intransitive verb/verbo intransitivo
- 1 1.1 [scalp/toe] picar* (+ me/te/le etc) my nose itches me pica la nariz my/her eyes itch me/le pican los ojos I itch all over me pica todo el cuerpoMore example sentences1.2 (be impatient, eager) [colloquial/familiar]to be itching to +
- They itch just like mosquito bites but without the big slow mosquito to squish.
- The bite itched like the world, but I resisted the urge to scratch it.
- Her head was itching like crazy and her hair felt lank and greasy.
infinitive/infinitivo/ forsth he was itching to tell her estaba que se moría por decírselo [colloquial/familiar] she is itching for a chance to appear on TV se muere or (in Spain also/en España también) se pirra por salir en la tele [colloquial/familiar]More example sentences
- But Royer was a bit restless and was itching to ratchet things up a notch.
- It was as if it was beckoning me outside and I itched to join it.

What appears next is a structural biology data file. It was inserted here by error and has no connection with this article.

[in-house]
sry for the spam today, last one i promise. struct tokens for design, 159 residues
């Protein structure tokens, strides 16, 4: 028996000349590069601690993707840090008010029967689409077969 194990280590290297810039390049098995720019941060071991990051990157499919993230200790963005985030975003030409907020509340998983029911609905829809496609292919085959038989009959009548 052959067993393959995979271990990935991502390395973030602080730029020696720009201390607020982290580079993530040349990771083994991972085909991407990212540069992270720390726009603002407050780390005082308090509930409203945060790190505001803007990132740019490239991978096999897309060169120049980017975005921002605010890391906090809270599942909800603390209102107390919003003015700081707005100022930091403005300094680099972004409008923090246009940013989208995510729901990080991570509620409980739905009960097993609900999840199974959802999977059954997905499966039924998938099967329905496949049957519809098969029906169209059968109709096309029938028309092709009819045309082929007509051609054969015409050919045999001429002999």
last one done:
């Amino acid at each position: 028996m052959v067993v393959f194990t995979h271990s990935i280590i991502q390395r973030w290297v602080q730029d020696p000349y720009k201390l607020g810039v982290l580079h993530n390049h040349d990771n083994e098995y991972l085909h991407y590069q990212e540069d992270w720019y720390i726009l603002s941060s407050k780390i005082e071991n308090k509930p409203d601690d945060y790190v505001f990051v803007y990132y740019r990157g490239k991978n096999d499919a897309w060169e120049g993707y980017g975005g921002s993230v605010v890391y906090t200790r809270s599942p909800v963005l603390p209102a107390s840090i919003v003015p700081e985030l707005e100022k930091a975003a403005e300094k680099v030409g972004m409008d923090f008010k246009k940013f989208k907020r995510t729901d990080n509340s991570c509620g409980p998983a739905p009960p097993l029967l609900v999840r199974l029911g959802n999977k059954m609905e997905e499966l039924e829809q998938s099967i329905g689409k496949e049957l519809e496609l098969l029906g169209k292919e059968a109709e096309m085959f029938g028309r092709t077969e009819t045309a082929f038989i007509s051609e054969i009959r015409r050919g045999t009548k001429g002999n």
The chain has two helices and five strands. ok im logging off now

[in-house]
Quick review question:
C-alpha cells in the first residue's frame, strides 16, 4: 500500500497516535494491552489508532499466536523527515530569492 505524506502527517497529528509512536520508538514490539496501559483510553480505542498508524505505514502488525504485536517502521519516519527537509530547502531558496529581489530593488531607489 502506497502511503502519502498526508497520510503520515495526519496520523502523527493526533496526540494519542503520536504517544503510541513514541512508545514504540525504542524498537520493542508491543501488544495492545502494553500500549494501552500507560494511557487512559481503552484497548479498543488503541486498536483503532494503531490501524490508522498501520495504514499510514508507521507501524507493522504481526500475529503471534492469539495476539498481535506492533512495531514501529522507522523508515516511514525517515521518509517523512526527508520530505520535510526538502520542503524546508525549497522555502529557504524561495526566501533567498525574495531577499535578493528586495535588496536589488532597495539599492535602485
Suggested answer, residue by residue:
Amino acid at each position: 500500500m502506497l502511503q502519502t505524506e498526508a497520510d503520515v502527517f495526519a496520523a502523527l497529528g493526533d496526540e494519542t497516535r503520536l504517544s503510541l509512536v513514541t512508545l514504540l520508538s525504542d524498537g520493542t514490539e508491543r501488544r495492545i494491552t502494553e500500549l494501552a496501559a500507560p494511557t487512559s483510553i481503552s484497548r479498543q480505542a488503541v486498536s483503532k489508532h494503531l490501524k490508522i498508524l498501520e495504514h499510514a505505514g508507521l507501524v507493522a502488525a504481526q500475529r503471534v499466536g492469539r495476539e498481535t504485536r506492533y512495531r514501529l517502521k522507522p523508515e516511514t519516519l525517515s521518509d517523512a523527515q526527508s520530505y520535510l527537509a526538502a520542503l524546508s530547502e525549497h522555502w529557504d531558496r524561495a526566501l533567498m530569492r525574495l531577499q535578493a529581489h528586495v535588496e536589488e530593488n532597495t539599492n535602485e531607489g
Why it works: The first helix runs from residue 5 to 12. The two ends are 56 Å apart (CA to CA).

- It has strong European flavours and is itching to be taken seriously.
- 2 [wool/underwear] (cause irritation) picar*, hacer* picar
- 1.1 (irritation) picor (masculine), picazón (feminine), comezón (feminine) 1.2 (desire) ansia (feminine (with masculine article in the singular)) he felt the itch for travel tenía el gusanillo de los viajes [colloquial/familiar] the seven-year itch la comezón del séptimo año, la crisis de los siete años
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The National Police (Policía Nacional) was set up in Spain in 1976. Its members patrol provincial capitals and big cities, which are responsible for its finance, administration, and recruitment. Although armed, it has never been considered a repressive force, unlike the